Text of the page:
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Arts & Life

Kansas City chefs are hosting Ugly Dinners featuring produce that would otherwise be thrown out

Chewology, a gyoza bar in Westport, was the first restaurant featured in the Ugly Dinner Series from Kanbe's Markets.
Anna Petrow
/
Startland News
Chewology, a gyoza bar in Westport, was the first restaurant featured in the Ugly Dinner Series from Kanbe's Markets.

Kanbe’s Markets is partnering with six restaurants to launch its Ugly Dinner Series. A chef from each establishment is set to create a four-course meal and cocktail that highlight "ugly" produce and raise awareness about food waste.

From lumpy apples to a spotty potato, foods with cosmetic flaws are still edible and nutritionally dense, said Ali Curbow.

“People turn away these types of produce because it is considered ‘ugly’ — but we’re hoping to showcase that these ugly produce can be made into something beautiful,” said Curbow, marketing manager at Kanbe’s Markets, a Kansas City-based nonprofit battling food insecurity.

Kanbe’s Markets is partnering with six restaurants to launch its Ugly Dinner Series. A chef from each establishment is set to create a four-course meal and cocktail featuring produce that would have otherwise become food waste, Curbow noted.

“When we proposed the idea to our partners, they were immediately taken by it,” Curbow shared, noting that every restaurant she reached out to responded with excitement. “I know a lot of the chefs are creating menu items featuring food waste in their kitchens as well.”

Chewology, a gyoza bar in Westport that was the first restaurant featured in the Ugly Dinner Series, created a dessert centered around the extra dough from their bao buns.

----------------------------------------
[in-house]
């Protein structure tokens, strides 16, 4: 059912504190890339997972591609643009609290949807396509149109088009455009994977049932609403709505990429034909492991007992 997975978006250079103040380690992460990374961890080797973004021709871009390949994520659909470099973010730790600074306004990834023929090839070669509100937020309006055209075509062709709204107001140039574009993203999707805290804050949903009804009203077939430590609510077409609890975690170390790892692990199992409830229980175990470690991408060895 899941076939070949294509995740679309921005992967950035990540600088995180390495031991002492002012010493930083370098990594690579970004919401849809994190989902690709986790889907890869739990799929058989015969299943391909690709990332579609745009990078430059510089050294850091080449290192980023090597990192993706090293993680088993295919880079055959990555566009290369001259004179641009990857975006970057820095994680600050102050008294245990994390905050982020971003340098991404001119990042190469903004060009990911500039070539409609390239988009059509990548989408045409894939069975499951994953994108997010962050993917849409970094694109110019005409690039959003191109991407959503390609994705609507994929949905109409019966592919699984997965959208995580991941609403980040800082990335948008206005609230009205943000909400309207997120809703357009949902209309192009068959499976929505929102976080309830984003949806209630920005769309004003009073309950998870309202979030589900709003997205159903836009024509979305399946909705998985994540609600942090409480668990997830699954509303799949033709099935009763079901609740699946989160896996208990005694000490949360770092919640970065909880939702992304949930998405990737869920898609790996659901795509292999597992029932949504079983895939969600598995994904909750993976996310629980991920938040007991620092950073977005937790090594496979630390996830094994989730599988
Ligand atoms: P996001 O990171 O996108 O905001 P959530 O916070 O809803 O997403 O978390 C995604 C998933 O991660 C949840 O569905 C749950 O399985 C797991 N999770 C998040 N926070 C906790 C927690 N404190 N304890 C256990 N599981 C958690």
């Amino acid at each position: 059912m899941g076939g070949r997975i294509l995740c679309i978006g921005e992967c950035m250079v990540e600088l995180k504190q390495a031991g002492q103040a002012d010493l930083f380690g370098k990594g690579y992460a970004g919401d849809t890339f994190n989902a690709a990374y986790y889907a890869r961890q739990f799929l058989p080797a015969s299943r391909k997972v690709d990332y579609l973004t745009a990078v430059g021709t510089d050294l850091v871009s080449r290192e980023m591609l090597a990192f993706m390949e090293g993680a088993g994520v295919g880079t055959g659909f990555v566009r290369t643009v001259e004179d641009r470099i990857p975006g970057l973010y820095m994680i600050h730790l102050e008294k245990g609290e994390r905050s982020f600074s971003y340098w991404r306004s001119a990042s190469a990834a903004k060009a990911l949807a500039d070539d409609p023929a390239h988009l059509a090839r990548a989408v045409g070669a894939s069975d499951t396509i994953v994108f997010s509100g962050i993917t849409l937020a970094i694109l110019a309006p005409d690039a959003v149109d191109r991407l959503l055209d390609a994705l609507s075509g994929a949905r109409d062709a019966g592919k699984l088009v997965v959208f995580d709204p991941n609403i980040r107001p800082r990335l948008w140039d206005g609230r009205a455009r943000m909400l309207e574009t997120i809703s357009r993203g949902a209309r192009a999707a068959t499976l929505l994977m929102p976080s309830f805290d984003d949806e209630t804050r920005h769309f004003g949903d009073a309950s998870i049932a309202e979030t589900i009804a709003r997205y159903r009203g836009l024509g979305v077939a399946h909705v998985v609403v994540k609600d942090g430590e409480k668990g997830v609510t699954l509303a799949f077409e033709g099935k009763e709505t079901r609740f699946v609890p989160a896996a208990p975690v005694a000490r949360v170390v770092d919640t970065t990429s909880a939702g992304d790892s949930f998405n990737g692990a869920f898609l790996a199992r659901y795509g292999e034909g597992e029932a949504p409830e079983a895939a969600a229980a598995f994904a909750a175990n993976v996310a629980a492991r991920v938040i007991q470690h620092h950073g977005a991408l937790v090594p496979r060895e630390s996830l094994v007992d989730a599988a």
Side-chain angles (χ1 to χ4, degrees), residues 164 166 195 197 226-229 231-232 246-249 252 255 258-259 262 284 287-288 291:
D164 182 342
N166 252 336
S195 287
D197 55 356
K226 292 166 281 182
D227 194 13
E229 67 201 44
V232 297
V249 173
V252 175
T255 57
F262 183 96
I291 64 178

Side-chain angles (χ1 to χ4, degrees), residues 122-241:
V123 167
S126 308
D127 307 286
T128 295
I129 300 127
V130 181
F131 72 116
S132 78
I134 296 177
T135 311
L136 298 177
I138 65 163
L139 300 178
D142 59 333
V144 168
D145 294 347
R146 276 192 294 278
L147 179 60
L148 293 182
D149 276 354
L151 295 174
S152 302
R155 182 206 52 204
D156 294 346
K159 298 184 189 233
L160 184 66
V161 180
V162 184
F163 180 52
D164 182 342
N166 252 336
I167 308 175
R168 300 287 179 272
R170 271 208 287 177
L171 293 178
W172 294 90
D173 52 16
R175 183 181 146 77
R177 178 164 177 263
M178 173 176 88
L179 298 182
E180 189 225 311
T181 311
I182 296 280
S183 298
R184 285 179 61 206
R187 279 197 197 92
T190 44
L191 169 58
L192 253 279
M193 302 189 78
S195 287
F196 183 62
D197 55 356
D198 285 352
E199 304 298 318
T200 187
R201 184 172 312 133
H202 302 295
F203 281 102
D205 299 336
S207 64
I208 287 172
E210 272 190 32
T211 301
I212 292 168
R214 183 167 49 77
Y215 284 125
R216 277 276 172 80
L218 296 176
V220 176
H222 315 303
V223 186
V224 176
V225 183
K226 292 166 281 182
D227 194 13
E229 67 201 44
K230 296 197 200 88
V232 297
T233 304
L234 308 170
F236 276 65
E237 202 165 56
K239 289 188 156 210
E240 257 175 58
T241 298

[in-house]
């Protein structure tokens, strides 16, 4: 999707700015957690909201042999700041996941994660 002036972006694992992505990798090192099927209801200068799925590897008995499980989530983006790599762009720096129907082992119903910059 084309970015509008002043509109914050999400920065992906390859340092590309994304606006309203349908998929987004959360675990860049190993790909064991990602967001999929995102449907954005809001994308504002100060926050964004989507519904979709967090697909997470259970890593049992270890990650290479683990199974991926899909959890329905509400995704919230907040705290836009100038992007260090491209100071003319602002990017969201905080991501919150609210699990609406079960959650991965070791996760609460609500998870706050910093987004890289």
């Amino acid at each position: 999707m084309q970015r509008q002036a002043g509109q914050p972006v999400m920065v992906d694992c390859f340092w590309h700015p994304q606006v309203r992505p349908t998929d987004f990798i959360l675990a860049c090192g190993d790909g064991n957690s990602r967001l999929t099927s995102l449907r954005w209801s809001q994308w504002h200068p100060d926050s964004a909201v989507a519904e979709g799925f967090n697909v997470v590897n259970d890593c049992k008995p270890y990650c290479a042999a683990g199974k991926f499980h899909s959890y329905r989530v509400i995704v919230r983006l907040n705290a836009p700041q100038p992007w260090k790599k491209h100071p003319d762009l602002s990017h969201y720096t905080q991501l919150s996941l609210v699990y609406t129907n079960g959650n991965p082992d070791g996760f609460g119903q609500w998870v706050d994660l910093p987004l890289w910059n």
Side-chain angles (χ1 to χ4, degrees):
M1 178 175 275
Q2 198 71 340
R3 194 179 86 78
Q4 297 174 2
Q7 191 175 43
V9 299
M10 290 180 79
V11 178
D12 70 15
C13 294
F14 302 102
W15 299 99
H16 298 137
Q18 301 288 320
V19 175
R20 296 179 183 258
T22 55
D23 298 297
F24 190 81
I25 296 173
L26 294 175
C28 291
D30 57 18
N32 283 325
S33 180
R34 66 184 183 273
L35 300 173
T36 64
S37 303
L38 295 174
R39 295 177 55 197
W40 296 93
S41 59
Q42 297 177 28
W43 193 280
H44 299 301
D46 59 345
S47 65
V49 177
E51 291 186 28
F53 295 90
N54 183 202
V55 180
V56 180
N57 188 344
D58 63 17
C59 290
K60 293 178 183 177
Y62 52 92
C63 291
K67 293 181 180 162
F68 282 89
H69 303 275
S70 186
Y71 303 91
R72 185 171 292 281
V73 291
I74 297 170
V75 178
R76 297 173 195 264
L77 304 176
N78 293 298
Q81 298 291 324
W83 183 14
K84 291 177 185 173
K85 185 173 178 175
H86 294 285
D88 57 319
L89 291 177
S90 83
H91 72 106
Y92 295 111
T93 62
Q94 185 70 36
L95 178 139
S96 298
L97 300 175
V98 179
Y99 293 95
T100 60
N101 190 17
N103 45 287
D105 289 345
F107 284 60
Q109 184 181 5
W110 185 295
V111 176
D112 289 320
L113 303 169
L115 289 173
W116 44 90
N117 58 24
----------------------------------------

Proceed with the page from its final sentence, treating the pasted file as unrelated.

ugly dinner chewology 3.jpg
Anna Petrow
/
Startland News
Chewology hosted the first Ugly Dinner in early April, which sold out.

The dinner at Chewology in early April quickly sold out, Curbow said, noting that several Chewology attendees have already purchased tickets for the second event — set for June 8 at The Campground.

Ugly Dinner Series attendees must be up for an element of surprise, said Maxfield Kaniger, founder of Kanbe’s Markets, as guests are not given a menu beforehand.

“We are working with ugly produce — and it depends what we have on hand,” Kaniger explained. “… Ali also did a really good job at letting the restaurants be a part of the storytelling. We gave them a general idea of the story we’d like to tell, but then each restaurant connects it to their own story on a more individual level. That means each dinner is going to be really different, so someone could go to all six!”

ugly dinner chewology 5.jpg
Anna Petrow
/
Startland News
The other four restaurants in Kanbe’s Markets’ Ugly Dinner Series include Fox and Pearl , Hotel Kansas City, Heirloom and Affäre.

The other four restaurants in Kanbe’s Markets’ Ugly Dinner Series include Fox and Pearl (July 20), Hotel Kansas City (Aug. 3), Heirloom (September) and Affäre (October).

Along with raising awareness about food waste, the Ugly Dinner Series is a fundraiser that will benefit Kanbe’s Markets’ Healthy Corner Stores program, Kaniger said — noting that its 43 locations are stocked every day with fresh, affordable fruits and vegetables in food deserts throughout Kansas City.

In 2021, Kanbe’s Markets redirected more than 218,000 pounds of produce from landfills to those experiencing food insecurity in the community.

Curbow and Kaniger encouraged all those interested to grab a ticket before they sell out.

“There were a lot of new faces, not just for us, but also for the restaurants — and that was something we were really excited to hear from Chewology,” Kaniger said. “I’m hoping that’s a little bit of what we can offer back to the restaurants because they are giving us so much.”

ugly dinner chewology 1.jpg
Anna Petrow
/
Startland News
Ugly Dinner at Chewology.

Whether someone was a new or familiar face, the dinner at Chewology felt intimate in the way one would gather with their family, he continued.

“It feels good to get back in front of people and connect with them over food,” Kaniger shared. “It is the heart and soul of why we do what we do.”

This story was originally published on Startland News, a fellow member of the KC Media Collective.

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